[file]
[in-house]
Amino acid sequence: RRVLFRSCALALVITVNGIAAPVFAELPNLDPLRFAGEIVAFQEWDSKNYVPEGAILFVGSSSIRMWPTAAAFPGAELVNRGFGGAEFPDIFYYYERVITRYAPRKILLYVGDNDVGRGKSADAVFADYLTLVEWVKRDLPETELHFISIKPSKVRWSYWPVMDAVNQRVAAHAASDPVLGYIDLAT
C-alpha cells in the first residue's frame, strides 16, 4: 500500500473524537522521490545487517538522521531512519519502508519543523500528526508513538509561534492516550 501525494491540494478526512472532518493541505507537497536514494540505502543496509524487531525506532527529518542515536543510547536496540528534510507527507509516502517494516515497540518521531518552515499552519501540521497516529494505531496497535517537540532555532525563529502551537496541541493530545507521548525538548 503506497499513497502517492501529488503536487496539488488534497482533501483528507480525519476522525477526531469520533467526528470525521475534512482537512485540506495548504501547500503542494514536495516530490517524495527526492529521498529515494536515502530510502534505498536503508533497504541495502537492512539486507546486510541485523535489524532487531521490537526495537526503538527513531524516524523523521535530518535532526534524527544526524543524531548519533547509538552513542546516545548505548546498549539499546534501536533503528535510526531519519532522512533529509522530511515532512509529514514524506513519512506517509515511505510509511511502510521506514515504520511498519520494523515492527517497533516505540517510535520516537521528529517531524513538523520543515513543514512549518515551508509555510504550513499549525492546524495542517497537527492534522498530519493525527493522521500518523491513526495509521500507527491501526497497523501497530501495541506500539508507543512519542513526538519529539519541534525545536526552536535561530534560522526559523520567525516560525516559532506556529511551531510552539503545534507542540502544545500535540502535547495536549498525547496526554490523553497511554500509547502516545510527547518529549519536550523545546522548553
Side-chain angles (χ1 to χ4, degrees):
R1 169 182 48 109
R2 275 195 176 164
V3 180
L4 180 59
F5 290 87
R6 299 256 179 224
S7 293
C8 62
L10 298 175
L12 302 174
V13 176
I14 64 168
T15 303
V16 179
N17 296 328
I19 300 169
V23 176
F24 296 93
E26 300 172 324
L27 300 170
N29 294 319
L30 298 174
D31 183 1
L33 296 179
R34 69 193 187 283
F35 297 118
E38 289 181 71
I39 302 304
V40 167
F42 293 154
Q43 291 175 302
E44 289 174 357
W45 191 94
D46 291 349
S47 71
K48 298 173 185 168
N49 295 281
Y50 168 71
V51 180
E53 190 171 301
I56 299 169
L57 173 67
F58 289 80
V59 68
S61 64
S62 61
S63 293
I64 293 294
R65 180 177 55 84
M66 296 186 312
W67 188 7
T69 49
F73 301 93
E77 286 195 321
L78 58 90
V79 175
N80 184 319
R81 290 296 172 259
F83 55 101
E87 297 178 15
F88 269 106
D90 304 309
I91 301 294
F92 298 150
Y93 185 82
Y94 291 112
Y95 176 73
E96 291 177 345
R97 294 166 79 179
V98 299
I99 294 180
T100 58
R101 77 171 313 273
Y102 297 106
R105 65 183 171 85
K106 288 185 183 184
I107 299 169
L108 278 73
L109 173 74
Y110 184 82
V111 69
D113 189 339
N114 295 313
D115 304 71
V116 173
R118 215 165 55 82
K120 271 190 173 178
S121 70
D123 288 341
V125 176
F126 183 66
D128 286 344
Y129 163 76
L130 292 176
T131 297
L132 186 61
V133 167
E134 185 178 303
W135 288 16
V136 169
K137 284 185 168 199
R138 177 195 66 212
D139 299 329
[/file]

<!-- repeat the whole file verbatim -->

[in-house]
Amino acid sequence: RRVLFRSCALALVITVNGIAAPVFAELPNLDPLRFAGEIVAFQEWDSKNYVPEGAILFVGSSSIRMWPTAAAFPGAELVNRGFGGAEFPDIFYYYERVITRYAPRKILLYVGDNDVGRGKSADAVFADYLTLVEWVKRDLPETELHFISIKPSKVRWSYWPVMDAVNQRVAAHAASDPVLGYIDLAT
C-alpha cells in the first residue's frame, strides 16, 4: 500500500473524537522521490545487517538522521531512519519502508519543523500528526508513538509561534492516550 501525494491540494478526512472532518493541505507537497536514494540505502543496509524487531525506532527529518542515536543510547536496540528534510507527507509516502517494516515497540518521531518552515499552519501540521497516529494505531496497535517537540532555532525563529502551537496541541493530545507521548525538548 503506497499513497502517492501529488503536487496539488488534497482533501483528507480525519476522525477526531469520533467526528470525521475534512482537512485540506495548504501547500503542494514536495516530490517524495527526492529521498529515494536515502530510502534505498536503508533497504541495502537492512539486507546486510541485523535489524532487531521490537526495537526503538527513531524516524523523521535530518535532526534524527544526524543524531548519533547509538552513542546516545548505548546498549539499546534501536533503528535510526531519519532522512533529509522530511515532512509529514514524506513519512506517509515511505510509511511502510521506514515504520511498519520494523515492527517497533516505540517510535520516537521528529517531524513538523520543515513543514512549518515551508509555510504550513499549525492546524495542517497537527492534522498530519493525527493522521500518523491513526495509521500507527491501526497497523501497530501495541506500539508507543512519542513526538519529539519541534525545536526552536535561530534560522526559523520567525516560525516559532506556529511551531510552539503545534507542540502544545500535540502535547495536549498525547496526554490523553497511554500509547502516545510527547518529549519536550523545546522548553
Side-chain angles (χ1 to χ4, degrees):
R1 169 182 48 109
R2 275 195 176 164
V3 180
L4 180 59
F5 290 87
R6 299 256 179 224
S7 293
C8 62
L10 298 175
L12 302 174
V13 176
I14 64 168
T15 303
V16 179
N17 296 328
I19 300 169
V23 176
F24 296 93
E26 300 172 324
L27 300 170
N29 294 319
L30 298 174
D31 183 1
L33 296 179
R34 69 193 187 283
F35 297 118
E38 289 181 71
I39 302 304
V40 167
F42 293 154
Q43 291 175 302
E44 289 174 357
W45 191 94
D46 291 349
S47 71
K48 298 173 185 168
N49 295 281
Y50 168 71
V51 180
E53 190 171 301
I56 299 169
L57 173 67
F58 289 80
V59 68
S61 64
S62 61
S63 293
I64 293 294
R65 180 177 55 84
M66 296 186 312
W67 188 7
T69 49
F73 301 93
E77 286 195 321
L78 58 90
V79 175
N80 184 319
R81 290 296 172 259
F83 55 101
E87 297 178 15
F88 269 106
D90 304 309
I91 301 294
F92 298 150
Y93 185 82
Y94 291 112
Y95 176 73
E96 291 177 345
R97 294 166 79 179
V98 299
I99 294 180
T100 58
R101 77 171 313 273
Y102 297 106
R105 65 183 171 85
K106 288 185 183 184
I107 299 169
L108 278 73
L109 173 74
Y110 184 82
V111 69
D113 189 339
N114 295 313
D115 304 71
V116 173
R118 215 165 55 82
K120 271 190 173 178
S121 70
D123 288 341
V125 176
F126 183 66
D128 286 344
Y129 163 76
L130 292 176
T131 297
L132 186 61
V133 167
E134 185 178 303
W135 288 16
V136 169
K137 284 185 168 199
R138 177 195 66 212
D139 299 329